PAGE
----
36 36 Doing Statistics for Business Creating Contingency Tables in Excel 1. From the Data menu, select PivotTable and Pivot Chart Report. 2. Since you have already highlighted the range that contains your data, you can just proceed by clicking Next>. 3. Indicate where you want the Pivot table to appear and click the button labeled Layout.

37 37 Doing Statistics for Business Creating Contingency Tables in Excel 4. Drag the field box for Rank to the area marked Row; and the field box for School to the area marked Column. Now drag the field box for either Rank or School into the area marked Data. 5. Click on Next and tell Excel where you want the table to appear; either in the current worksheet or in a new worksheet. 6. Finally, click on Finish.

38 38 Doing Statistics for Business Figure 5.10 Contingency Table of Rank and School

39 39 Doing Statistics for Business The basics of creating a chart in Excel, using the Chart Wizard. 1. Highlight the data (Frequency table) that you want to graph. 2. Invoke the Chart Wizard by clicking on the icon on the toolbar. 3. Follow the directions and hints from the Chart Wizard. 4. Edit the graph to include any other features or changes you want.

40 40 Doing Statistics for Business Creating Clustered Bar Charts in in Excel 1. Highlight just a portion of the pivot table by copying it to another location in the worksheet using the Paste Special command. To do this click on the lower right hand corner of the table and highlight it. Select Copy from the Edit menu. Then, click on the location for the copy and select Paste Special. In the Paste section, click on the radio button for Values and in the Operation section, select None. Click OK.

41 41 Doing Statistics for Business Creating Clustered Bar Charts in in Excel (cont) 2. Highlight the copy of the table, being careful not to highlight the Grand Total row or column. Then start the Chart Wizard and select Column as the type of chart and clustered chart as the sub-type. 3. Click Next twice to get to the Options step; add titles and make any desired formatting changes. 4. Click Next to indicate where you want the chart to be located and then click Finish.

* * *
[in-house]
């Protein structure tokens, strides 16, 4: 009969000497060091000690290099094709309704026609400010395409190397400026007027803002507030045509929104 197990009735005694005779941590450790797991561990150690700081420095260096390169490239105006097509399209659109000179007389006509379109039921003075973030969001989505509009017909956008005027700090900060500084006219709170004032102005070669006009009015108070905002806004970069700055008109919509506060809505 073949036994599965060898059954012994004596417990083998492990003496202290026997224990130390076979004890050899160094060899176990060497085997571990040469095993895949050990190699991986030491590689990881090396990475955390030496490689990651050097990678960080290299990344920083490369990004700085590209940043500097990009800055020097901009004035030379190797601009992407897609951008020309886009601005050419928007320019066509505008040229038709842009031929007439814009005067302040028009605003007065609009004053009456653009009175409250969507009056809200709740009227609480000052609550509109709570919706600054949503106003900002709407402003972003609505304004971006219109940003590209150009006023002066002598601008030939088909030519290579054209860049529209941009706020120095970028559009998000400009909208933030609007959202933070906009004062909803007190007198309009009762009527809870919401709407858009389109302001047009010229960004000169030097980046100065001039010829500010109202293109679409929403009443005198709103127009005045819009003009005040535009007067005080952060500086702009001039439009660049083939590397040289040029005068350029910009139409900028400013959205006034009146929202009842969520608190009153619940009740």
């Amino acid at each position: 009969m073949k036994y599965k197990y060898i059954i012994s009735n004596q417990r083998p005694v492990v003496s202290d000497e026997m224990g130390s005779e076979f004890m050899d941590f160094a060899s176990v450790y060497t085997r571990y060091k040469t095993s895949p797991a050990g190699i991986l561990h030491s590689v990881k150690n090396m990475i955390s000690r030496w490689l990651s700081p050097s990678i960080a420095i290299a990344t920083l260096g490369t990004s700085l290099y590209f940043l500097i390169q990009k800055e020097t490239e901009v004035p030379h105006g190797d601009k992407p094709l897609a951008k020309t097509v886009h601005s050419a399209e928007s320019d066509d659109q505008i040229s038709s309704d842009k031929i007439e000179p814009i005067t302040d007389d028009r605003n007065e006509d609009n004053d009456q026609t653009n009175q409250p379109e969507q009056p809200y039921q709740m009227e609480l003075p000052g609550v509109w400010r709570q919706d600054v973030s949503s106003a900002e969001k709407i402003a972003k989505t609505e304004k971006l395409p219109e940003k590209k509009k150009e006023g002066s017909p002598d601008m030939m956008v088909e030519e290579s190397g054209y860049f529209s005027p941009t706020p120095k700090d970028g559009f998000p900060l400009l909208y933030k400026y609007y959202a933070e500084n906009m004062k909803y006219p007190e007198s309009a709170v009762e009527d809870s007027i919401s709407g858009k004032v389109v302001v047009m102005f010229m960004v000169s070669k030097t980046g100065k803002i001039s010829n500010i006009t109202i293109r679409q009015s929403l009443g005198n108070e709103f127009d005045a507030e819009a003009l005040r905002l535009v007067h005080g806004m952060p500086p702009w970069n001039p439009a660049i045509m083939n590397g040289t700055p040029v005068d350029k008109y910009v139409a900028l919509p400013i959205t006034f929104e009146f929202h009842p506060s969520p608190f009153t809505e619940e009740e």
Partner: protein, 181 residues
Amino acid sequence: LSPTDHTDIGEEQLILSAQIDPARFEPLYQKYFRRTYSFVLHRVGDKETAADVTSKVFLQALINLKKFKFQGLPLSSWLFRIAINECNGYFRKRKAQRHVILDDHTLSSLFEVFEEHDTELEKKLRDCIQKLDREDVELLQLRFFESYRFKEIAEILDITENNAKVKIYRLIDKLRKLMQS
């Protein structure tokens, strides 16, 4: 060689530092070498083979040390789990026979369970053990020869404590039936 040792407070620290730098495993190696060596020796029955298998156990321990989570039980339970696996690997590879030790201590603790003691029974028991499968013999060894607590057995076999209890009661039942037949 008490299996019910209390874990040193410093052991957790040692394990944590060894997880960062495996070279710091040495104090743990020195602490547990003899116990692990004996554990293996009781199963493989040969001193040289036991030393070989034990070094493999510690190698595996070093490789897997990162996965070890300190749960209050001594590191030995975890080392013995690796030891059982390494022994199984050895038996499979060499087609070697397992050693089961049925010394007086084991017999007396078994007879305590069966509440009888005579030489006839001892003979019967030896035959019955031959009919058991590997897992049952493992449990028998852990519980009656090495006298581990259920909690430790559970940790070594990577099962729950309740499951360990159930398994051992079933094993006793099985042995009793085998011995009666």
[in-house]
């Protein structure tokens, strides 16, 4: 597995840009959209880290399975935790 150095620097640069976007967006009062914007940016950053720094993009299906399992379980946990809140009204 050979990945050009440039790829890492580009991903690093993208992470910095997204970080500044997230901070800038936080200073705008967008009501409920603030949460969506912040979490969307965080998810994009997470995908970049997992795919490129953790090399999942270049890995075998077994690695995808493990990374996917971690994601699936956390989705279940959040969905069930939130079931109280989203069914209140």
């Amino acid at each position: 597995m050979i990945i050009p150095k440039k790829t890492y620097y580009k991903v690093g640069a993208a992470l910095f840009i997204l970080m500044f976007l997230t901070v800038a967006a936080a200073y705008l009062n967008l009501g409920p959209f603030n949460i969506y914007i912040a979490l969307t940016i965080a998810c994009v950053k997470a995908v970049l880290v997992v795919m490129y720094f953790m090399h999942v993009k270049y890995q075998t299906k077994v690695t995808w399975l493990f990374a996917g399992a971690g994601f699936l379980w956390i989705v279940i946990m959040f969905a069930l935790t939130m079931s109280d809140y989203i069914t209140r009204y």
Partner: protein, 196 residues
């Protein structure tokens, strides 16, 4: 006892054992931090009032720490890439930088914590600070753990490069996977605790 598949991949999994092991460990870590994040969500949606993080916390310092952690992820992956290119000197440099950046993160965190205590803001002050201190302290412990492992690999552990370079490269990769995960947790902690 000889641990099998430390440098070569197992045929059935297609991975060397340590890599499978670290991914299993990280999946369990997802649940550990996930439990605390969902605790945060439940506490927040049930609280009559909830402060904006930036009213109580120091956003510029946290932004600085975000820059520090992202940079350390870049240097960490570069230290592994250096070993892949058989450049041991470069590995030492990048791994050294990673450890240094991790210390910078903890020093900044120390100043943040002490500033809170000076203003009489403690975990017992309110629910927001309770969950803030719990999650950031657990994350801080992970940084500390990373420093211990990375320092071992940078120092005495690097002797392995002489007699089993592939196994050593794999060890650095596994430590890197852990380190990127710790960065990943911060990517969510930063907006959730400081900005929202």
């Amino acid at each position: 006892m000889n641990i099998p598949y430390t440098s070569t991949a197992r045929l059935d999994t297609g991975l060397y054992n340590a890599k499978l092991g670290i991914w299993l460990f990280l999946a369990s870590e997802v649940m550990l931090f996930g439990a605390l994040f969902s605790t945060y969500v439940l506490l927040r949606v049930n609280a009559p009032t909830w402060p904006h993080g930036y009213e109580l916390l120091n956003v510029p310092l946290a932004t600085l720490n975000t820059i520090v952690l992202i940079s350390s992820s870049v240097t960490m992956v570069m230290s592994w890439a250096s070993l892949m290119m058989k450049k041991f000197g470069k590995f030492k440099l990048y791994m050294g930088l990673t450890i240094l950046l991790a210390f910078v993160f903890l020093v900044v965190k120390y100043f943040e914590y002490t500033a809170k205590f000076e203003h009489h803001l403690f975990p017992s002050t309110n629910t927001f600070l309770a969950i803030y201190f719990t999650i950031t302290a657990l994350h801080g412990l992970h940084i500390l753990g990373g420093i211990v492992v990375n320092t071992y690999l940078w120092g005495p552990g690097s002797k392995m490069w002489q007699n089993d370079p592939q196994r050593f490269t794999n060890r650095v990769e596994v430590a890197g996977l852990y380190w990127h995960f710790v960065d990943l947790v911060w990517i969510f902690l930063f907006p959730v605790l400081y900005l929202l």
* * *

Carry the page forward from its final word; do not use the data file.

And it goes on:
42 42 Doing Statistics for Business Figure 5.14 Clustered Bar Chart

43 43 Doing Statistics for Business Creating Stacked Bar Charts in in Excel 1. Highlight the rows of the pivot table, being careful not to include the Grand Total row and column and start the Chart Wizard. 2. Select Column as the chart type and 100% Stacked Column as the sub-type. 3. Click Next twice to get to the Options step; put in titles and any other formatting changes that you want. 4. Click Next, enter the location for the chart, and click Finish to display the chart.

44 44 Doing Statistics for Business Figure 5.17 Stacked Bar Chart

45 45 Doing Statistics for Business Analyzing Quantitative Bivariate Data in Excel 1. Highlight the range of the data and start the Chart Wizard. Select XY (Scatter) as the chart type and Scatter no lines) for the subtype. 2. Select Next> twice to get to the Chart Options dialog box; put in titles and any other formatting changes that you want. 3. Select Next> to tell Excel where to locate the chart and click Finish to display the chart.

46 46 Doing Statistics for Business Figure 5.20 Finished Scatter Plot

47 47 Doing Statistics for Business Adding the Least-Squares Line to Your Scatter Plot 1. Click on any one of the points in the scatter plot to highlight them all. 2. From the Chart menu, select Add Trendline. The Add Trendline dialog box will open. 3. In the Trend/Regression section, highlight Linear. 4. Click on the Options tab and click the box labeled Display equation on chart. 5. Click OK.

48 48 Doing Statistics for Business Figure 5.24 Scatter Plot with Least-Squares Line

49 49 Doing Statistics for Business Chapter 5 Summary In this chapter you have learned: 4 Some methods for looking at how two variables are related. 4 There are graphical methods, such as stacked bar charts, clustered bar charts, and scatter plots. 4 There are quantitative methods, such as least- squares analysis.

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Chap 9-1 Statistics for Business and Economics, 6e © 2007 Pearson Education, Inc. Chapter 9 Estimation: Additional Topics Statistics for Business and Economics.